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Jean-Claude Duvalier must not be allowed to evade justice in Haiti

Jean-Claude Duvalier must not be allowed to evade justice in Haiti

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Published by Laurette M. Backer
6 February 2013
6 February 2013

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Categories:Types, Business/Law
Published by: Laurette M. Backer on Feb 06, 2013
Copyright:Attribution Non-commercial


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 6 February 2013
 Jean-Claude Duvalier must not be allowed to evade justice in Haiti
 Former Haitian leader Jean-Claude Duvalier must not be allowed to evade justice for hisalleged responsibility for crimes against humanity committed during his time in office and thevictims must receive reparations, Amnesty International said as a Court was due to hear anappeal on the case against the former President known as "Baby Doc".During the hearing, the Court will assess a request by victims’ families and survivors of torture,illegal executions and enforced disappearances during Duvalier’s time in power (1971-1986)to overturn a previous decision not to investigate the former leader’s alleged responsibility forthe crimes.In January 2012, the investigating judge assigned to the case decided to try the former leaderonly for embezzlement of public funds, claiming the crimes against humanity for which he wasaccused had expired under a statute of limitations in Haitian law.“International human rights standards are very clear in cases such as this. Crimes includingtorture, executions, arbitrary detention and enforced disappearances are not subject to astatute of limitations and the alleged perpetrators cannot benefit from pardons or amnesties,”said Javier Zúñiga, Special Advisor at Amnesty International.Lawyers representing victims of human rights violations complained about several proceduralfailures in the way the appeal has been dealt with so far, including the fact that not allplaintiffs had been notified of the hearings.The appeal court hearing is due to take place on 7 February, having previously been postponedwhen Jean-Claude Duvalier failed to appear in court on 31 January.Despite having being placed under house arrest during the investigation, Jean-Claude Duvaliercontinues to take part in public events accompanied by his lawyers and supporters and in earlyJanuary 2013 it was reported that he had been granted a diplomatic passport.Several public statements from President Martelly have also hinted at pardoning Duvalier. Allthis casts serious doubt on the will of the Haitian authorities to address the total impunitywhich still shrouds the crimes against humanity committed during Jean-Claude Duvalier’s timein power.“With the case of Jean Claude Duvalier, it is the whole credibility of the Haitian justice systemwhich is at stake. Only by respecting the procedures in the appeal case, including thoroughlyexamining all evidence and hearing all the victims, will the Court be able to demonstrate theprofessionalism and independence of the Haitian justice system,” said Javier Zúñiga.Jean-Claude Duvalier returned to Haiti from 25 years exile in France in January 2011. He wasthen indicted by the Haitian authorities for embezzlement and theft of public funds during hispresidency and, later, for crimes against humanity – including torture, executions, arbitrarydetention and enforced disappearances carried out between 1971 and 1986.The day of the hearing, 7 February, is also the 27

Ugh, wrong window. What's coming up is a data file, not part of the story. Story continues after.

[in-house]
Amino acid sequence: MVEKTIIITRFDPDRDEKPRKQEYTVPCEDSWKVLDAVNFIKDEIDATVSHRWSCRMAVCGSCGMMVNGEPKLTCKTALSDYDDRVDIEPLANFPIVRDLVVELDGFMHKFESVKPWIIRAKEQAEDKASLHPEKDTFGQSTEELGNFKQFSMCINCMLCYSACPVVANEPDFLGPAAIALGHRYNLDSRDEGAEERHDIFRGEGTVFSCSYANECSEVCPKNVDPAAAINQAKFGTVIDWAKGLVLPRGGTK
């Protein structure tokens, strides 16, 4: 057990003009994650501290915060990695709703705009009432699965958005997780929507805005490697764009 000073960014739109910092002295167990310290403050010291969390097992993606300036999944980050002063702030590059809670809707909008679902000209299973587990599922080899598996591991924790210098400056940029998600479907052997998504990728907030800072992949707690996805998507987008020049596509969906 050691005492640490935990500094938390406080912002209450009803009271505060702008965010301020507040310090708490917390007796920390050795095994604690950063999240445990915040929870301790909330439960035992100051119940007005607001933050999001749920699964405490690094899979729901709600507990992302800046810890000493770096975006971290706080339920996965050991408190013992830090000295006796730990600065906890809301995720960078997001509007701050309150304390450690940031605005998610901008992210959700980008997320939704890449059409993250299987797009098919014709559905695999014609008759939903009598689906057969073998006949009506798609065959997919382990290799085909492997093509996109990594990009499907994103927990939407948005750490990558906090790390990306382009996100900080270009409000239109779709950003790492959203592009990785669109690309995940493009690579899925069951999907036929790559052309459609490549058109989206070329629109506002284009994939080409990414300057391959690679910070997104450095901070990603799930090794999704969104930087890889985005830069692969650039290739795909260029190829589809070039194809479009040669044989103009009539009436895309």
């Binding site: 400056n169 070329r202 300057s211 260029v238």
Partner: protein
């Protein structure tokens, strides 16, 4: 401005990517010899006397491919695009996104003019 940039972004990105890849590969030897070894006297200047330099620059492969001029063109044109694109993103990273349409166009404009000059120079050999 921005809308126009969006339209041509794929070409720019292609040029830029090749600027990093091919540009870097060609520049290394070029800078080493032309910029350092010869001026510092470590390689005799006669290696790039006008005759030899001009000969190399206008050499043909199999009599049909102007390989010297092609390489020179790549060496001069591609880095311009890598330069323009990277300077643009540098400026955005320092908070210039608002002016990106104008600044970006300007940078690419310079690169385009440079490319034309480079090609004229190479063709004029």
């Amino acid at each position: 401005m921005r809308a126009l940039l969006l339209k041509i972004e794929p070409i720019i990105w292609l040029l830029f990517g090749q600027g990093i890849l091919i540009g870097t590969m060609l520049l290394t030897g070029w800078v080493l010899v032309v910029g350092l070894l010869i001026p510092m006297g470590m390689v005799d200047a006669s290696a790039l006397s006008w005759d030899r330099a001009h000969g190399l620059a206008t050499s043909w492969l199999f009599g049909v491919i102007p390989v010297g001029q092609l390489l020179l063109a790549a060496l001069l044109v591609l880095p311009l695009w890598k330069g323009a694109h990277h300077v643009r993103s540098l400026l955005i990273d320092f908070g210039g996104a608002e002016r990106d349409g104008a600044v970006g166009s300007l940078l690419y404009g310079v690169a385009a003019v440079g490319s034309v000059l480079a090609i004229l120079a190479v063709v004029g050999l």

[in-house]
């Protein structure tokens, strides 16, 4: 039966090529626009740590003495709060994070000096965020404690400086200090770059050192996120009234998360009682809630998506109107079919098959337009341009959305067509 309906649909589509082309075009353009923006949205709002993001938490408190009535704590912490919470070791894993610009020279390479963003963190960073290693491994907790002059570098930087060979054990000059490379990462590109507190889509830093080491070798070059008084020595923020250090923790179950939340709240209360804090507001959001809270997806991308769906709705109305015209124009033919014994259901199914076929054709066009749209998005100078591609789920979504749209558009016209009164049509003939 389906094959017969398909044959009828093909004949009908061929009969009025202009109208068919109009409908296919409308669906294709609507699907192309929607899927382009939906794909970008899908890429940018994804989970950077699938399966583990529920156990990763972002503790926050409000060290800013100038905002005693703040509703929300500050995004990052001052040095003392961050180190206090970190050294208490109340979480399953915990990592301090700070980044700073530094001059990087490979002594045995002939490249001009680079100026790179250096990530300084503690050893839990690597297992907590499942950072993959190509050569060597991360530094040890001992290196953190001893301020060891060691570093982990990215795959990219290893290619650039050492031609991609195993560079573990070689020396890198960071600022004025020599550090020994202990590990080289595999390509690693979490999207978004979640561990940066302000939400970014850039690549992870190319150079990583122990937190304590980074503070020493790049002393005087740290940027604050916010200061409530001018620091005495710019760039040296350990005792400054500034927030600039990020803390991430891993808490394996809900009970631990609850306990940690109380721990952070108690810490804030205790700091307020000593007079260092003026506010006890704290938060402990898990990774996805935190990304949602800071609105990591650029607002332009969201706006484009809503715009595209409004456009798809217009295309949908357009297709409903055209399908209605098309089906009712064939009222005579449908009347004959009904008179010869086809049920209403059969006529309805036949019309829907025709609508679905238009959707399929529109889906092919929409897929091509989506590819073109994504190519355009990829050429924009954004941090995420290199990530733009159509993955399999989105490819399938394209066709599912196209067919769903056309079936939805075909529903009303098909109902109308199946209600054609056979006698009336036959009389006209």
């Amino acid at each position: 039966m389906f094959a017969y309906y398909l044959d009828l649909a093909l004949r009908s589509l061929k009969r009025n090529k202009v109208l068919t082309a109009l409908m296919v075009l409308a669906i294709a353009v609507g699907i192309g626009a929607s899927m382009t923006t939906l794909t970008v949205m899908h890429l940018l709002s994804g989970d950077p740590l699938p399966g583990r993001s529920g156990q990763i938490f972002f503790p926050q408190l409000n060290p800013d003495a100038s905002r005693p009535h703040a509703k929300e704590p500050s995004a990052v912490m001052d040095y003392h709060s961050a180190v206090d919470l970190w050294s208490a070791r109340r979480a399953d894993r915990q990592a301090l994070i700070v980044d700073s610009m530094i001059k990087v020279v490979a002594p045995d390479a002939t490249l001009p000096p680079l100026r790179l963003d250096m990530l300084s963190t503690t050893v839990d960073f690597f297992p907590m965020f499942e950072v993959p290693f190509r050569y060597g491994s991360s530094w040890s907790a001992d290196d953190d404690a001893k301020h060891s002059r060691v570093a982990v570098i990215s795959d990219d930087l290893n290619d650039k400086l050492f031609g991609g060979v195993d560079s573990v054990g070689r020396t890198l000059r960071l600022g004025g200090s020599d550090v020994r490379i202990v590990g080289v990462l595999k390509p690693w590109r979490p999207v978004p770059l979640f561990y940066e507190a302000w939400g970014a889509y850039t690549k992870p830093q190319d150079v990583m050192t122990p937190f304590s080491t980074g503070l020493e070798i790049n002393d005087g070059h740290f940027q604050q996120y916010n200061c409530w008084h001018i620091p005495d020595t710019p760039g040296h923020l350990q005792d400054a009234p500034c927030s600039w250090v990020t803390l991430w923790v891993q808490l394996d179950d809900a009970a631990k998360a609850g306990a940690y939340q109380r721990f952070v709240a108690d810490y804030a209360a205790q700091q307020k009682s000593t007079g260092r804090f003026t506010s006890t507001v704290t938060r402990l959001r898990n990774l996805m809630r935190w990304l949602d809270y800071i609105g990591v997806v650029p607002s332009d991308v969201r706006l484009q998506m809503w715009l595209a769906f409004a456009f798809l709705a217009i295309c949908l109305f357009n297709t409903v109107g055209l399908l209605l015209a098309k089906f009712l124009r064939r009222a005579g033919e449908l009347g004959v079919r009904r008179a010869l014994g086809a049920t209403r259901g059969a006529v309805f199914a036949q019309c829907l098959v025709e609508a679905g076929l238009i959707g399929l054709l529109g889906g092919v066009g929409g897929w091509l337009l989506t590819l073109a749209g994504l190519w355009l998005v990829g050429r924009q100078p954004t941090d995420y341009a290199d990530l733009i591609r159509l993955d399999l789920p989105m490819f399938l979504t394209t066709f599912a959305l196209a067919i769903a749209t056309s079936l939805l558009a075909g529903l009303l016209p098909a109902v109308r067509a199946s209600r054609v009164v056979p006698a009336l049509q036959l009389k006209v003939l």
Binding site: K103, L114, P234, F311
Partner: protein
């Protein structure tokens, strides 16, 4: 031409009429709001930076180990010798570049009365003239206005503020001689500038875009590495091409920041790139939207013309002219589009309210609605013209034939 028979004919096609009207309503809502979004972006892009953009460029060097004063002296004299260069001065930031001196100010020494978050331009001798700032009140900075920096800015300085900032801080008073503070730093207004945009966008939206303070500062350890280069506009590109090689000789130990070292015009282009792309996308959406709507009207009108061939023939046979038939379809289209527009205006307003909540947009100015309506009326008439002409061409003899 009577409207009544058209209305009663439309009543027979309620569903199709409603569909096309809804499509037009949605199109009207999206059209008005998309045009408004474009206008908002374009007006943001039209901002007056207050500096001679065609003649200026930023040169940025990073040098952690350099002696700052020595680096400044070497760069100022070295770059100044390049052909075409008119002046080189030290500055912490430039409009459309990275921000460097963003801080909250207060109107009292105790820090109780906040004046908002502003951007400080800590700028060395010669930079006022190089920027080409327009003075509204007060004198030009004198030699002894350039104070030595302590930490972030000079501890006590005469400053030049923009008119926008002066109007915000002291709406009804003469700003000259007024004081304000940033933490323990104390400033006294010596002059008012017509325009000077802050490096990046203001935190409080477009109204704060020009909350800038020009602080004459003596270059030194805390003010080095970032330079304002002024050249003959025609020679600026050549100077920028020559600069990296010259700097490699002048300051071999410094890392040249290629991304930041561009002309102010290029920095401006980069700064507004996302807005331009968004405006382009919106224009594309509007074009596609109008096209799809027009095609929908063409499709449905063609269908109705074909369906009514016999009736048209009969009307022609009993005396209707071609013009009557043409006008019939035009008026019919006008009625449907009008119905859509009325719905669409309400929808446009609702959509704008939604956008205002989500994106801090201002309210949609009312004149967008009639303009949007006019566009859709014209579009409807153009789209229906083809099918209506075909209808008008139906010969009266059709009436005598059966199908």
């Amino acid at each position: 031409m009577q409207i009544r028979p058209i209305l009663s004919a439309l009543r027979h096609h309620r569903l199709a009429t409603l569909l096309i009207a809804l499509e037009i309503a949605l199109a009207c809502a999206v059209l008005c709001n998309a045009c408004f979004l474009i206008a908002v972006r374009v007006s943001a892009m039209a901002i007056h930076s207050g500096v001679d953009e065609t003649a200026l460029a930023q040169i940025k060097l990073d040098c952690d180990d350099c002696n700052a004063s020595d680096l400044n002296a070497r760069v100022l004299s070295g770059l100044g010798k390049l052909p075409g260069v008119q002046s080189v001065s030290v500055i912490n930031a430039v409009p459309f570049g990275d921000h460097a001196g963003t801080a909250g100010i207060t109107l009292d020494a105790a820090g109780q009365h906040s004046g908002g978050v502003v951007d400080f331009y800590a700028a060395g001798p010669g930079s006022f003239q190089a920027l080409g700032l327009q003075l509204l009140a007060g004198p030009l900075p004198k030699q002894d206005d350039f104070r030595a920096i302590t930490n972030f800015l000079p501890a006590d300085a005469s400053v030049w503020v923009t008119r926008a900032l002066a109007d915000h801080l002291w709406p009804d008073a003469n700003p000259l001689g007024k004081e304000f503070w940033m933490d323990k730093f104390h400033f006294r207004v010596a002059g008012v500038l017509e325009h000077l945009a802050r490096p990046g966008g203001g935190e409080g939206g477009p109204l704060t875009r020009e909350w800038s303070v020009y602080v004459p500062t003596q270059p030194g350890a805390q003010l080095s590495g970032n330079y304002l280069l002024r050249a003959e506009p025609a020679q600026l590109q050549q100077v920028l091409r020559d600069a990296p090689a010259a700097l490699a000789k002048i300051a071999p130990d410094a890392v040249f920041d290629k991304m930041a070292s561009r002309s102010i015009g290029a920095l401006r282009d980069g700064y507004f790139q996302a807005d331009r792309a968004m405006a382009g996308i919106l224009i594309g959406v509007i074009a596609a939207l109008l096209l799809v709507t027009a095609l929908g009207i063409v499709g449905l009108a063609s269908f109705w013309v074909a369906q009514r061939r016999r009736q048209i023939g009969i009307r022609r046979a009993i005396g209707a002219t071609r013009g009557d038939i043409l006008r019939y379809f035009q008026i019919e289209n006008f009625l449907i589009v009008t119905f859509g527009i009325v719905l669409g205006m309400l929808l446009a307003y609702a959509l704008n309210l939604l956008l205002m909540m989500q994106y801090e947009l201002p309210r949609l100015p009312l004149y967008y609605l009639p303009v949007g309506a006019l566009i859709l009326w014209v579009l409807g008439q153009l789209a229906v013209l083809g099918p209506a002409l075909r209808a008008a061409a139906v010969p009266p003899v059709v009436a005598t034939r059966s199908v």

anniversary of Jean Claude Duvalier’s flightinto exile in 1986, which brought to an end the 28 year rule of the Duvalier family which

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